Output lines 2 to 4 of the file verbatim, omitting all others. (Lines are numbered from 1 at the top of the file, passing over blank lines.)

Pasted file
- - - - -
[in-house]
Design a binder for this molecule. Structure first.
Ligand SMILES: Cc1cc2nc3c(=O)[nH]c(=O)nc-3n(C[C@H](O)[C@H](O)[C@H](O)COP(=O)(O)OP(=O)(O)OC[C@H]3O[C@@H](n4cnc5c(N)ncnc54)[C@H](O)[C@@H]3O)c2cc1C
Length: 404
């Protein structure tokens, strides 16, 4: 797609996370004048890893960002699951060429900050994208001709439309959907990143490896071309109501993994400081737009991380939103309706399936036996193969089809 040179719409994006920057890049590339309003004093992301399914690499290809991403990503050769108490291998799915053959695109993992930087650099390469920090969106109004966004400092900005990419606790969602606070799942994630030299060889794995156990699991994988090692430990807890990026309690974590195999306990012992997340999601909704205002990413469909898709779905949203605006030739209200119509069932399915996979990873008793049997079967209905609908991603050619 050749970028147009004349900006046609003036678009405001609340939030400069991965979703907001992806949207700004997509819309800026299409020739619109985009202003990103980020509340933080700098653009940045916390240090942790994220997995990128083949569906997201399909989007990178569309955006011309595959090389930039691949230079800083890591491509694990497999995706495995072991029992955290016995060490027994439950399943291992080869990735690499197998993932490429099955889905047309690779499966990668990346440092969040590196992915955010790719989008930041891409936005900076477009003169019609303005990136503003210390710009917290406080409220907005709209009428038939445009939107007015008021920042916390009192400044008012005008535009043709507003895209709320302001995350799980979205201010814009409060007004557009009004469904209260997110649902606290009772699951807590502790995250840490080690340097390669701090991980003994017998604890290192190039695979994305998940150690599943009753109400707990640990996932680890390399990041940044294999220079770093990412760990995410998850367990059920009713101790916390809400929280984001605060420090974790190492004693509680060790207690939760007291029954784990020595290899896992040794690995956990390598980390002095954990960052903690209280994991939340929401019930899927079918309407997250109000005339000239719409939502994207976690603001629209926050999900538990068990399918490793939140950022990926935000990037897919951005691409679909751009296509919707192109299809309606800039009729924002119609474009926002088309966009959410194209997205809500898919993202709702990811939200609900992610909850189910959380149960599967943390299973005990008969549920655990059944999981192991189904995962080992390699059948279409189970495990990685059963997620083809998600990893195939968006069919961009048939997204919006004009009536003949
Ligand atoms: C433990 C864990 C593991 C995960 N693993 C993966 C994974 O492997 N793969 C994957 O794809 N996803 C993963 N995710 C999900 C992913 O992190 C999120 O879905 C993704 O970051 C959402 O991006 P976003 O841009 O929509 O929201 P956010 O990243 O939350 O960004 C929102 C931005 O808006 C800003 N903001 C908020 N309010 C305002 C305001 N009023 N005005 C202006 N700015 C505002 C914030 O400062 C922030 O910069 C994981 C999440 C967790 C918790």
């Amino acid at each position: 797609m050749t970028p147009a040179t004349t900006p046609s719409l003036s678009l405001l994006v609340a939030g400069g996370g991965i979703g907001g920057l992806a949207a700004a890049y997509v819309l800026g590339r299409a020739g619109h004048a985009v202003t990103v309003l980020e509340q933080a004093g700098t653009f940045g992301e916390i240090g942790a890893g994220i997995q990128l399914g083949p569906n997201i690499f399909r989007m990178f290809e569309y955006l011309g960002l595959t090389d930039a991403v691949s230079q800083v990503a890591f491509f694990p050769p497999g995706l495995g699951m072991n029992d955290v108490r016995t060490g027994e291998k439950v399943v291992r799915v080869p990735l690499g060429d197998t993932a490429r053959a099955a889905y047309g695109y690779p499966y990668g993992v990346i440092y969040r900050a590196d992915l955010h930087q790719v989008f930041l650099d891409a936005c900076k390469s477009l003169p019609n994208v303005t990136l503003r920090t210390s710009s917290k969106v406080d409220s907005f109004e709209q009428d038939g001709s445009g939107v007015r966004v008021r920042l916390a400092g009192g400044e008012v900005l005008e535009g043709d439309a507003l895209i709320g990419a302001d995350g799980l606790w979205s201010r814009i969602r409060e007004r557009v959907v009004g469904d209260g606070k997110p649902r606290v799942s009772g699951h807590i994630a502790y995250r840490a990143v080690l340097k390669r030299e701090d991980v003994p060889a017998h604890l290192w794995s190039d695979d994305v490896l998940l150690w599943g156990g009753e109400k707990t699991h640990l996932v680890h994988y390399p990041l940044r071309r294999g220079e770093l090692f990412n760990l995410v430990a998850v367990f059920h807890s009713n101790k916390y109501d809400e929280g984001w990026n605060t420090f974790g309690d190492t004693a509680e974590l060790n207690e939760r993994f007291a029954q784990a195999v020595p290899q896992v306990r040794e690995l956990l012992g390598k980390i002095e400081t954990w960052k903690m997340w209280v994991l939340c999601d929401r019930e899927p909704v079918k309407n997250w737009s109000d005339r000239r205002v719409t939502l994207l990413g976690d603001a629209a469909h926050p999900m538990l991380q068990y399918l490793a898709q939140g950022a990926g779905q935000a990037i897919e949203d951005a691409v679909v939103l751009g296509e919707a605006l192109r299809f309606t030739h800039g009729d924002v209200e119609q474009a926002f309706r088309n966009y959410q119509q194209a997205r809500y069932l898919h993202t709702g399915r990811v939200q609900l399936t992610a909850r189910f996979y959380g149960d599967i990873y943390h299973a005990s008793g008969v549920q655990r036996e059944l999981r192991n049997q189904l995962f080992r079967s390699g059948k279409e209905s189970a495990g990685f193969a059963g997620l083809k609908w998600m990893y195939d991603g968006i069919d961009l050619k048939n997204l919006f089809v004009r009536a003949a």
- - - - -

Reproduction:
Design a binder for this molecule. Structure first.
Ligand SMILES: Cc1cc2nc3c(=O)[nH]c(=O)nc-3n(C[C@H](O)[C@H](O)[C@H](O)COP(=O)(O)OP(=O)(O)OC[C@H]3O[C@@H](n4cnc5c(N)ncnc54)[C@H](O)[C@@H]3O)c2cc1C
Length: 404